While a thorough discussion on the details of artificial intelligence (AI) is beyond the scope of this paper, the field and its recent advances will be refreshed for the reader's benefit. More interested readers are recommended to explore other seminal articles of literature that more exhaustively cover essential knowledge for original research appraisal and endeavours.
Simplistically, AI refers to the idea of a computer model that makes decisions using a priori information and improves its performance with experience (i.e. more data). Such clinically related tasks may involve detecting cancerous nodules from CT scans, identifying clusters of disease phenotypes, or optimizing treatment regimens in patients over time.[10,18] Given its broad definition, AI is necessarily classified into multiple subsets, notably ML and, more recently, DL, which is a subset of ML. Briefly, both ML and DL seek to use data, rather than a fully empirical set of human-generated rules, to solve a problem. Take, for example, the simple task of converting a temperature from Celsius to Fahrenheit. The empirical approach to solving this problem is to explicitly write a program that takes, as an input, a temperature in °C and converts it into an output, its equivalent temperature in °F, by multiplying the input temperature by 1.8 and adding 32. If we suppose that this conversion equation was not known, one can use linear regression, which is common to both statistics and ML as a simple linear model, to offer the computer an initial guess of a representative equation Temp (F) = m×Temp (C) + b. A starting guess is offered for the unknown parameters (in this case m and b) to represent this information (also called a 'model'), supply it a table of temperatures in °C (called 'features') and corresponding °F (referred to as 'labels'), provide another set of instructions to fit this data to the underlying equation (i.e. 'optimization') by minimizing its prediction error (i.e. 'loss' or 'cost function'), and finally execute this instruction set to continually update the parameters with some logic to ultimately fit this data to the underlying equation (i.e. 'training'). Though simplistically represented, each parenthetical reference above recognizes a key aspect to some of the most integral and defining components for an AI algorithm that, when tuned appropriately, create novel techniques and entire subspecialties in data-driven AI.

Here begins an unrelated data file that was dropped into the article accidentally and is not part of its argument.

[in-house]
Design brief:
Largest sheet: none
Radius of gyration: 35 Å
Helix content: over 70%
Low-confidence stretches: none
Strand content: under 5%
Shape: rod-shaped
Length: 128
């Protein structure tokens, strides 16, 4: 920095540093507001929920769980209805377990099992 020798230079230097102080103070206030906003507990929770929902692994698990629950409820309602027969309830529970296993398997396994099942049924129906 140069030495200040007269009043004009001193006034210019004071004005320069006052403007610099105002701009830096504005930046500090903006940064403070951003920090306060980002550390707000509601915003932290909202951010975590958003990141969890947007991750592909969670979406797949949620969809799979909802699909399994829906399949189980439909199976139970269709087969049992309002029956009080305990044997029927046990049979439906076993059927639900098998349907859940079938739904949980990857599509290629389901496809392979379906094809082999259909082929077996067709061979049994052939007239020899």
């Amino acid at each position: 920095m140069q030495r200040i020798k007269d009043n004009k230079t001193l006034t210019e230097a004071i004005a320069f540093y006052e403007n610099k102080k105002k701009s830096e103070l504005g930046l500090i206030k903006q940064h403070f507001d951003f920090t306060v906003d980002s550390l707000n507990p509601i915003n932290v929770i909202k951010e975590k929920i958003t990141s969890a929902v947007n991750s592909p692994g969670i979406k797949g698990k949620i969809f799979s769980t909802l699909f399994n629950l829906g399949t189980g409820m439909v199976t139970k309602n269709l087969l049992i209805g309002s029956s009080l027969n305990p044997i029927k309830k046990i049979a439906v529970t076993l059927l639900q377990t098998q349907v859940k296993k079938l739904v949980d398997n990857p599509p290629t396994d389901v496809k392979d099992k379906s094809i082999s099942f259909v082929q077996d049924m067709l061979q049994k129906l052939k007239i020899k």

Additionally, while much of probability and statistics is used to mathematically derive and establish the basis for many machine and DL models, the priority of statistical models tends to lie in inference and understanding of the dataset's features and their impact on the outcome of interest with generally parametric models. These modelstend to be simpler and not capture non-linearity as well as that of ML or DL models. However, in equivalent and supervised tasks, the simplest AI models prioritize optimizing on outcome prediction instead by engendering more complex model representations. The main drawback, however, is that interpretation of the model's learned parameters becomes significantly harder than that of its counterparts from more statistical frameworks.